Naturally found in heath and dry sclerophyll forest, on sandstone and granite soils.
Grows mainly on the coast and central tablelands of NSW with a disjunct population on the Northern Tablelands which may be a different species.
Grows naturally in moist, semi shaded positions with free draining lighter soils. Very showy in sandstone woodlands when in flower. In some seasons, it can be noticed on the sandstone cliffs above the Pacific Highway between Sydney and Gosford.
Leaves can be singular or produced as a pinnate leaf with 3 to 7 leaflets. Leaves have a very strong odour when crushed, that some find unpleasant. Leaves can vary from 4 to 35 mm long.
Flowers are produced in leaf axils, usually on their own or in clusters (cymes). Flowers are very showy, bright pink to mauve with 4 petals in an even cross arrangement. White flowering and multi-petal flowering forms are also found in the wild.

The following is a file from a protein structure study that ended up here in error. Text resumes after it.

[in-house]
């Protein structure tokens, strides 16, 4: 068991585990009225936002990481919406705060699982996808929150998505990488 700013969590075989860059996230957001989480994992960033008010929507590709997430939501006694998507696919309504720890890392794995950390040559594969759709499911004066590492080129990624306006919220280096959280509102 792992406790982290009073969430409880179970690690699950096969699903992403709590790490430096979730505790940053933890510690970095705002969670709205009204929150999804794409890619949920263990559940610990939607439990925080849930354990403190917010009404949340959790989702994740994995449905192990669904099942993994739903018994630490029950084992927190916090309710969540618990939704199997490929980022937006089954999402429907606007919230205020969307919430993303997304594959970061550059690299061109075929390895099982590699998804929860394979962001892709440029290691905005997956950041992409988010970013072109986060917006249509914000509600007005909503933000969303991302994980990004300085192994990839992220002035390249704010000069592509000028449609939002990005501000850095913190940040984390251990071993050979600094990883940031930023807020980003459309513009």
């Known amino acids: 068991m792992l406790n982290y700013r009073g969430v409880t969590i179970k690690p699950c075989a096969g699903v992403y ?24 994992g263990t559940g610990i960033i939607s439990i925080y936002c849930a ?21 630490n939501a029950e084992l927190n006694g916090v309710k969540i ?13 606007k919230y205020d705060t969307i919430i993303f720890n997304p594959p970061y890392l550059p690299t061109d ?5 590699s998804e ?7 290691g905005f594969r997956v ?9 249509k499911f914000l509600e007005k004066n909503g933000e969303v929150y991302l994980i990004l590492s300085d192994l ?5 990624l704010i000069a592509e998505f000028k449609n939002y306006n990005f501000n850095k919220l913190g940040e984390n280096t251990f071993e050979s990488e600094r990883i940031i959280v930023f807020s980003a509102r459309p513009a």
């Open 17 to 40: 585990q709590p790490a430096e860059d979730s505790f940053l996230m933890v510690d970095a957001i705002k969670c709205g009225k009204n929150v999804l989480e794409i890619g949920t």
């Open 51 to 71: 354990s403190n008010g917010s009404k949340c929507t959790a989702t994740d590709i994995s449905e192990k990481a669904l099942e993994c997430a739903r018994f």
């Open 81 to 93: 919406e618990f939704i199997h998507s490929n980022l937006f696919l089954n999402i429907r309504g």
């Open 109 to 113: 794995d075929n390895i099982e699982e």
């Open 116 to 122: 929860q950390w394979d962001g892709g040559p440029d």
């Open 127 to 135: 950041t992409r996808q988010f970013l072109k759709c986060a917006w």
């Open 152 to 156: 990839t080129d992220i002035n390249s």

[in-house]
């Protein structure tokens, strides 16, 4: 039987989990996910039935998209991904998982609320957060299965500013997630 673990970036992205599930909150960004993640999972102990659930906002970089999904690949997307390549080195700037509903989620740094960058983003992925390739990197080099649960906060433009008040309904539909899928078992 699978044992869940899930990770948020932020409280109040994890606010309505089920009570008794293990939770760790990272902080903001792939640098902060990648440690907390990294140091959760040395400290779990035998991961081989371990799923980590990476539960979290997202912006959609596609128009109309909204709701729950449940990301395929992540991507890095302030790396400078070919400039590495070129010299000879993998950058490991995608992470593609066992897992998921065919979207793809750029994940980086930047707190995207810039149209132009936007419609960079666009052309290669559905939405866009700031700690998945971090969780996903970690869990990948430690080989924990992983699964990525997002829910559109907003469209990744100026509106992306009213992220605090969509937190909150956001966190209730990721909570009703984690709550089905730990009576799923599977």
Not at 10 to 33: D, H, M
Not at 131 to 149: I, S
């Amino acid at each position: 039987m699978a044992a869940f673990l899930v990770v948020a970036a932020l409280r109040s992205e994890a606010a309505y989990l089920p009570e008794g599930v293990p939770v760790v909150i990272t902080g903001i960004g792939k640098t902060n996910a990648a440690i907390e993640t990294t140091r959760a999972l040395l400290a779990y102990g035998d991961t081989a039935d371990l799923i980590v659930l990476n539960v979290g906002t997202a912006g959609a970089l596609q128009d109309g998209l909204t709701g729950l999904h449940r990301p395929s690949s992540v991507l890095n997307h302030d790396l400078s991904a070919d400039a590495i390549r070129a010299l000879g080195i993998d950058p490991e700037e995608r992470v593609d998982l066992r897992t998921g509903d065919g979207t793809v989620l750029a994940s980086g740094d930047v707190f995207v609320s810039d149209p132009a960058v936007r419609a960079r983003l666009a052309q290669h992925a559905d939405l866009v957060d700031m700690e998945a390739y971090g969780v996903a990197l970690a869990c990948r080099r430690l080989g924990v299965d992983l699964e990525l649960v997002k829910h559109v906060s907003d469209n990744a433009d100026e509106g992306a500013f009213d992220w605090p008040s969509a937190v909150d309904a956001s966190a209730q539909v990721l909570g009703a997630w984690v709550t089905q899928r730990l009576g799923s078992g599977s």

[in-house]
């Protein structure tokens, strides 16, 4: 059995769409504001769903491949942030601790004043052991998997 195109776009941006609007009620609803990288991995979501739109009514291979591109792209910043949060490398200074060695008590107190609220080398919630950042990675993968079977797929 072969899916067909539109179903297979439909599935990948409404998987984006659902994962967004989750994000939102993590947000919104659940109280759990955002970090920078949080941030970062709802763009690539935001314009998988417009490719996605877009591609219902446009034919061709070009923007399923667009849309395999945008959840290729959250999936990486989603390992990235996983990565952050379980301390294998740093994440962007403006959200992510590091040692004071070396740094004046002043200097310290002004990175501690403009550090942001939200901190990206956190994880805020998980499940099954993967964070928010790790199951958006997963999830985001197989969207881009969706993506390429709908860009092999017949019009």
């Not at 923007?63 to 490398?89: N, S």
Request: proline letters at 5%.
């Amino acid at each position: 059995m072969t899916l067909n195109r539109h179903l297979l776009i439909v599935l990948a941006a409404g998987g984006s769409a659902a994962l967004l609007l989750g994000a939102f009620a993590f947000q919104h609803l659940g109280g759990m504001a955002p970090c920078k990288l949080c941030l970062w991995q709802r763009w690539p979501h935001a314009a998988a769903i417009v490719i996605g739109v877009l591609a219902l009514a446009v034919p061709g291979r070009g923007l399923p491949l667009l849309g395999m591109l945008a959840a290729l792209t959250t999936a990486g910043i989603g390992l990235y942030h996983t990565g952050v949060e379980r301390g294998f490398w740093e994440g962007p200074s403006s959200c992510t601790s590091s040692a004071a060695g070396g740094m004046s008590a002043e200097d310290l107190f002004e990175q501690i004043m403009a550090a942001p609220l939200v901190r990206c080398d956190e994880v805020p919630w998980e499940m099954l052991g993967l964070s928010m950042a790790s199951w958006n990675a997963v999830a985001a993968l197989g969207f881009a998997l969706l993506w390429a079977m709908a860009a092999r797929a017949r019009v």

A desirable garden plant in flower from late winter, although Boronia generally are notoriously difficult to grow.
This species requires a moist and well drained situation and not allowed to dry out for garden situations.
Tends to be short-lived in cultivation as are most if not all Boronias. Growing life can be extended in pots as environmental factors can be controlled better.
Propagation of B. ledifolia from seed is difficult. Propagation from cuttings of current season’s growth can be slow to strike as well, but is an effective method.
Likely regenerates from seed bank after fire.
Boronia – after Fransesco Borone (1769-1794), an 18th century Italian botanist who assisted John Sibthorpe. Allegedly, he died at age 25 due to falling out a window whilst collecting plant material!
ledifolia – from Latin folium, a leaf, and the genus Ledum, a reference to the appearance of the foliage of Ledum.
Not considered to be at risk in the wild.